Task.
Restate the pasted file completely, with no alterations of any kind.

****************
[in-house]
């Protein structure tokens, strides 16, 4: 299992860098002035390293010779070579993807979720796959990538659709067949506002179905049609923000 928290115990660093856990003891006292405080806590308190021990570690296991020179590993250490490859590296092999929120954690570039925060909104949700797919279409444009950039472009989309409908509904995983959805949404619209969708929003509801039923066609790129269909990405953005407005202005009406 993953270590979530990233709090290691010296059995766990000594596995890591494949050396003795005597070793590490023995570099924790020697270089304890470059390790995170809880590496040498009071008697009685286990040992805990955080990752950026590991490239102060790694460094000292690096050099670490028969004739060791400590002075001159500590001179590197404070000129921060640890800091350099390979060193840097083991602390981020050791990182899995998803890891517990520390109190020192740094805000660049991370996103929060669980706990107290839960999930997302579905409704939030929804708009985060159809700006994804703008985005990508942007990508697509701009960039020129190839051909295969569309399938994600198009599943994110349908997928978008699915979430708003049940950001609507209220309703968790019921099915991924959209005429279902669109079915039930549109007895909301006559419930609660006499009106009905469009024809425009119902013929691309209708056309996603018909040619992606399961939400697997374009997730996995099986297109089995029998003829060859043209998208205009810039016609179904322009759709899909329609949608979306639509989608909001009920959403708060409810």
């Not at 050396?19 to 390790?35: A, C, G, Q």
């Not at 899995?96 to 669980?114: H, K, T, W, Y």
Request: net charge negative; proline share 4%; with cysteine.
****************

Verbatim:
[in-house]
């Protein structure tokens, strides 16, 4: 299992860098002035390293010779070579993807979720796959990538659709067949506002179905049609923000 928290115990660093856990003891006292405080806590308190021990570690296991020179590993250490490859590296092999929120954690570039925060909104949700797919279409444009950039472009989309409908509904995983959805949404619209969708929003509801039923066609790129269909990405953005407005202005009406 993953270590979530990233709090290691010296059995766990000594596995890591494949050396003795005597070793590490023995570099924790020697270089304890470059390790995170809880590496040498009071008697009685286990040992805990955080990752950026590991490239102060790694460094000292690096050099670490028969004739060791400590002075001159500590001179590197404070000129921060640890800091350099390979060193840097083991602390981020050791990182899995998803890891517990520390109190020192740094805000660049991370996103929060669980706990107290839960999930997302579905409704939030929804708009985060159809700006994804703008985005990508942007990508697509701009960039020129190839051909295969569309399938994600198009599943994110349908997928978008699915979430708003049940950001609507209220309703968790019921099915991924959209005429279902669109079915039930549109007895909301006559419930609660006499009106009905469009024809425009119902013929691309209708056309996603018909040619992606399961939400697997374009997730996995099986297109089995029998003829060859043209998208205009810039016609179904322009759709899909329609949608979306639509989608909001009920959403708060409810």
């Not at 050396?19 to 390790?35: A, C, G, Q």
């Not at 899995?96 to 669980?114: H, K, T, W, Y």
Request: net charge negative; proline share 4%; with cysteine.